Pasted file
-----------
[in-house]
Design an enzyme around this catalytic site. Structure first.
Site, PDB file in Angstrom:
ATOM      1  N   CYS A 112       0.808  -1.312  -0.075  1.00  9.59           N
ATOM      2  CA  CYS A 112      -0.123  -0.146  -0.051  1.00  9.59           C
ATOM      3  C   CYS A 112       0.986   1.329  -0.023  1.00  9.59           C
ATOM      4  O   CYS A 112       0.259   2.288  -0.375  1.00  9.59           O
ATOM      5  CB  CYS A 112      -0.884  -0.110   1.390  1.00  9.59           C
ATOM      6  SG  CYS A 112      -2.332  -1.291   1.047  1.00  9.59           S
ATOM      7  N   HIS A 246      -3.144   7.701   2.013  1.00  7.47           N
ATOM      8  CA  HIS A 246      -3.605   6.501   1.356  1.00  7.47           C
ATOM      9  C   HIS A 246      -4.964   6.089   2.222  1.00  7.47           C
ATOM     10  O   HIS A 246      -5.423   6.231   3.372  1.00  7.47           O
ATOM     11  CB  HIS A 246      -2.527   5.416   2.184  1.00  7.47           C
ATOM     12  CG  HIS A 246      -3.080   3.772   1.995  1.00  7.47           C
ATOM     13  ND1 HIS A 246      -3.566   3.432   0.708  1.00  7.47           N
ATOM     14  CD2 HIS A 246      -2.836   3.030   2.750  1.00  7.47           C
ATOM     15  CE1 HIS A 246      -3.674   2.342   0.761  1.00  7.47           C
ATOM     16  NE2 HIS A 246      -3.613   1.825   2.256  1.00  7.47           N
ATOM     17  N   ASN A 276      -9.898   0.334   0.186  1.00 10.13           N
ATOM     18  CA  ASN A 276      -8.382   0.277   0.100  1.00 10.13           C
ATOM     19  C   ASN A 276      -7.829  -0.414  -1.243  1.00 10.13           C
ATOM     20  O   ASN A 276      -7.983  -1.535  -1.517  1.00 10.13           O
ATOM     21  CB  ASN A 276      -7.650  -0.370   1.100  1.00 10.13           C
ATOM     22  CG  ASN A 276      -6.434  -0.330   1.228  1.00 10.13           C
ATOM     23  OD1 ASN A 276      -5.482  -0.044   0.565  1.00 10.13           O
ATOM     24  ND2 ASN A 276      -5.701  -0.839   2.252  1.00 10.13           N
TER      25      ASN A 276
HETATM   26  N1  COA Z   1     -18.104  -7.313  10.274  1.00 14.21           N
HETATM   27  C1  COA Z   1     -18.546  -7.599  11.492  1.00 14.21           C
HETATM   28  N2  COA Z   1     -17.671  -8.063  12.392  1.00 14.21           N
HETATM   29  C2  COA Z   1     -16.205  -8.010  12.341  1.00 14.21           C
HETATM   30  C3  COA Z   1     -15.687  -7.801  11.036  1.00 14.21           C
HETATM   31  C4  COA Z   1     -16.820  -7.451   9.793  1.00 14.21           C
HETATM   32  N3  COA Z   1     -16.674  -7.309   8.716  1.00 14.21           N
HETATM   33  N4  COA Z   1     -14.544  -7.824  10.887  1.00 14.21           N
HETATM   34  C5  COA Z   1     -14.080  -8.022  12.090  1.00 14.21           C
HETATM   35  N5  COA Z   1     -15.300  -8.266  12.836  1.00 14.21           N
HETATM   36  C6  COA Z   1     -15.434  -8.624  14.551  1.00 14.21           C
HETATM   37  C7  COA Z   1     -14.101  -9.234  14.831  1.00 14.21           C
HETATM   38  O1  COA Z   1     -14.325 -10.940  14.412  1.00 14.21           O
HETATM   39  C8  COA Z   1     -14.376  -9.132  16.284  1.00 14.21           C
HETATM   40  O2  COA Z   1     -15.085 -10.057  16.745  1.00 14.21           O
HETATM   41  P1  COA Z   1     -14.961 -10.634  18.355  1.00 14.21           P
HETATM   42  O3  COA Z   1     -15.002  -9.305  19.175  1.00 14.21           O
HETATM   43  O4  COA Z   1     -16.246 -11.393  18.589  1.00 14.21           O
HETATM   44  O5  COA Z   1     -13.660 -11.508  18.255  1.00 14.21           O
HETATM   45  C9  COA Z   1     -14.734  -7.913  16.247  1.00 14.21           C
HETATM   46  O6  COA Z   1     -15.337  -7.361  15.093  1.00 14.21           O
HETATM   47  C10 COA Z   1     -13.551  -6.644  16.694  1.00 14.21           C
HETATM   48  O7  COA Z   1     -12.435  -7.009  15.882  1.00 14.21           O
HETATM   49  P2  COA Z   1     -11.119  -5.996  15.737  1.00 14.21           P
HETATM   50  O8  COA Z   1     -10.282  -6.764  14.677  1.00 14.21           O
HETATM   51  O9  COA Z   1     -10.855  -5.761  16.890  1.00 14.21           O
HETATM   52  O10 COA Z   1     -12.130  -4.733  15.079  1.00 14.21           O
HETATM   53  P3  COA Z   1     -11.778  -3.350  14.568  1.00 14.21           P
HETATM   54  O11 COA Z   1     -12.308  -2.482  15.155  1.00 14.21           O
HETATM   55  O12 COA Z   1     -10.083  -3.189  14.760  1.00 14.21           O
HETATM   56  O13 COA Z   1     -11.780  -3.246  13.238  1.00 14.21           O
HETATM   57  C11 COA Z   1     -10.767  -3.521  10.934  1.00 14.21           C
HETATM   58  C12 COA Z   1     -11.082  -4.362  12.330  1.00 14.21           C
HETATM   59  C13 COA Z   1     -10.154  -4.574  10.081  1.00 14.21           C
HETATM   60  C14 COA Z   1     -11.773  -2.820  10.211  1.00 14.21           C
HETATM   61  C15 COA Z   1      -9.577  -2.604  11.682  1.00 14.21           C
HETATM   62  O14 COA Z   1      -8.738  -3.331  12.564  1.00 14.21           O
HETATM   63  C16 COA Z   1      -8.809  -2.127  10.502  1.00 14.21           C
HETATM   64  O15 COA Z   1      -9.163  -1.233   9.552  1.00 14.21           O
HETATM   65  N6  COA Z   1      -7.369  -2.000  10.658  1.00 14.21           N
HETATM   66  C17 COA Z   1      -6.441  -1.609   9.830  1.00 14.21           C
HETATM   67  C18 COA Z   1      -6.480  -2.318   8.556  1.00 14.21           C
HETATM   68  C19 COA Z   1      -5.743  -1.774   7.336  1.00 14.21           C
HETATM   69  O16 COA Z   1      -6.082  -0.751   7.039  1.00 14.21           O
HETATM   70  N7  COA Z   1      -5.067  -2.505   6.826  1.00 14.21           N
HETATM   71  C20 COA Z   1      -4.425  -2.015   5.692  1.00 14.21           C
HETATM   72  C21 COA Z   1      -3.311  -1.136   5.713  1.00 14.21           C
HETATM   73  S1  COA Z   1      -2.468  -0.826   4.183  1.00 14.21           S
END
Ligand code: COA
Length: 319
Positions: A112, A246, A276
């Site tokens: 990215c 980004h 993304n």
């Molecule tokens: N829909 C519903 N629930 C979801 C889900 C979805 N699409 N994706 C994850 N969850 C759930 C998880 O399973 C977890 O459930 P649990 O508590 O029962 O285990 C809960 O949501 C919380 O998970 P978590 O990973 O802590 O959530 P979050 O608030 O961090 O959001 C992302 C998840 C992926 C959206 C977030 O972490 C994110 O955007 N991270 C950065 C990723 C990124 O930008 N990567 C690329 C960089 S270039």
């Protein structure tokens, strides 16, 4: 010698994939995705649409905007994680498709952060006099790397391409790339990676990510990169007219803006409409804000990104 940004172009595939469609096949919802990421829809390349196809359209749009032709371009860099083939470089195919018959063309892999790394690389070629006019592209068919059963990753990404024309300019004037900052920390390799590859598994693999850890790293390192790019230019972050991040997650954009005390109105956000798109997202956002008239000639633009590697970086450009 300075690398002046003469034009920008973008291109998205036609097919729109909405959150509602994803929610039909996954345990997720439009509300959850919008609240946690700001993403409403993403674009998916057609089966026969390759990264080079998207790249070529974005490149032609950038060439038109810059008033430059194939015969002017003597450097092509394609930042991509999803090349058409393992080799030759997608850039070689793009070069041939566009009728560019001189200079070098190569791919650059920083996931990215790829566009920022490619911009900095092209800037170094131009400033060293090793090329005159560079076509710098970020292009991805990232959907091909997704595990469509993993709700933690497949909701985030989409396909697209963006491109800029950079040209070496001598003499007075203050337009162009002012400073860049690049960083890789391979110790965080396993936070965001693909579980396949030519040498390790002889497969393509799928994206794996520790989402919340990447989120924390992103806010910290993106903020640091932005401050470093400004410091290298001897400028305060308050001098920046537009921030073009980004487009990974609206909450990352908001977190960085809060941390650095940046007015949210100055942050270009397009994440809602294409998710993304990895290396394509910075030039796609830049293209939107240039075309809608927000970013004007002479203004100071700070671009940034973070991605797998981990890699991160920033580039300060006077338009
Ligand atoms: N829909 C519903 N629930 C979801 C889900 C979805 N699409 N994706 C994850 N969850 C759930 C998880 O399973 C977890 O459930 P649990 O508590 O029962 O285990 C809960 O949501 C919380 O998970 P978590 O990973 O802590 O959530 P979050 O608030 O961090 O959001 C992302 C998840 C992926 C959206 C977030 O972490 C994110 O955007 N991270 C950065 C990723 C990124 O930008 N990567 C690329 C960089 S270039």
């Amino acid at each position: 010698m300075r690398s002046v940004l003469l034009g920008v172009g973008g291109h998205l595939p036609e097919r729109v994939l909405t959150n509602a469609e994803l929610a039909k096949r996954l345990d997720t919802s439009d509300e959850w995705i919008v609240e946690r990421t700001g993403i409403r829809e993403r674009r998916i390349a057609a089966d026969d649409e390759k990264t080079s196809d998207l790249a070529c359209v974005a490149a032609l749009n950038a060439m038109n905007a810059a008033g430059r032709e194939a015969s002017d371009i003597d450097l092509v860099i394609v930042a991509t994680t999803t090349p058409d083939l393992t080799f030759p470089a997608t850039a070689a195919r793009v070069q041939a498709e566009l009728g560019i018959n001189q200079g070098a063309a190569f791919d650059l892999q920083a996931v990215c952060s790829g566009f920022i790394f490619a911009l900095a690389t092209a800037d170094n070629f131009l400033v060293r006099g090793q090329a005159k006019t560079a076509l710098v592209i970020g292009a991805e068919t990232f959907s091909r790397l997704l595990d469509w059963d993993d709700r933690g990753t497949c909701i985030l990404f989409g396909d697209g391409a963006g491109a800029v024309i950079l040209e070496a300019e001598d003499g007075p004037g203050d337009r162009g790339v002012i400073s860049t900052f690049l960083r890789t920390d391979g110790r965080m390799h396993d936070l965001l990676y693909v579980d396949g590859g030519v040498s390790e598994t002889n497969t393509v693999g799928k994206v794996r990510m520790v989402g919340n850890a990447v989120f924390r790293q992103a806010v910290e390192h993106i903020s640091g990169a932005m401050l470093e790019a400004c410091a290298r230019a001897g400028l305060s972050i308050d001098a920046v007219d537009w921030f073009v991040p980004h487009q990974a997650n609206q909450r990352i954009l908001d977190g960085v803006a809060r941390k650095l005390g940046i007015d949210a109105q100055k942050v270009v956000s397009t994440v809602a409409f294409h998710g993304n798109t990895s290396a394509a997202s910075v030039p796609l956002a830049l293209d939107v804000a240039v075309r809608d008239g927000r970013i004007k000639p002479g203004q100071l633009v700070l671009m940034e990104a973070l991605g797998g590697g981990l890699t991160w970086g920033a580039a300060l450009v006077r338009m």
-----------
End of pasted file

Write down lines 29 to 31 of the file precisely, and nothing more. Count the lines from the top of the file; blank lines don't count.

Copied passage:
HETATM   26  N1  COA Z   1     -18.104  -7.313  10.274  1.00 14.21           N
HETATM   27  C1  COA Z   1     -18.546  -7.599  11.492  1.00 14.21           C
HETATM   28  N2  COA Z   1     -17.671  -8.063  12.392  1.00 14.21           N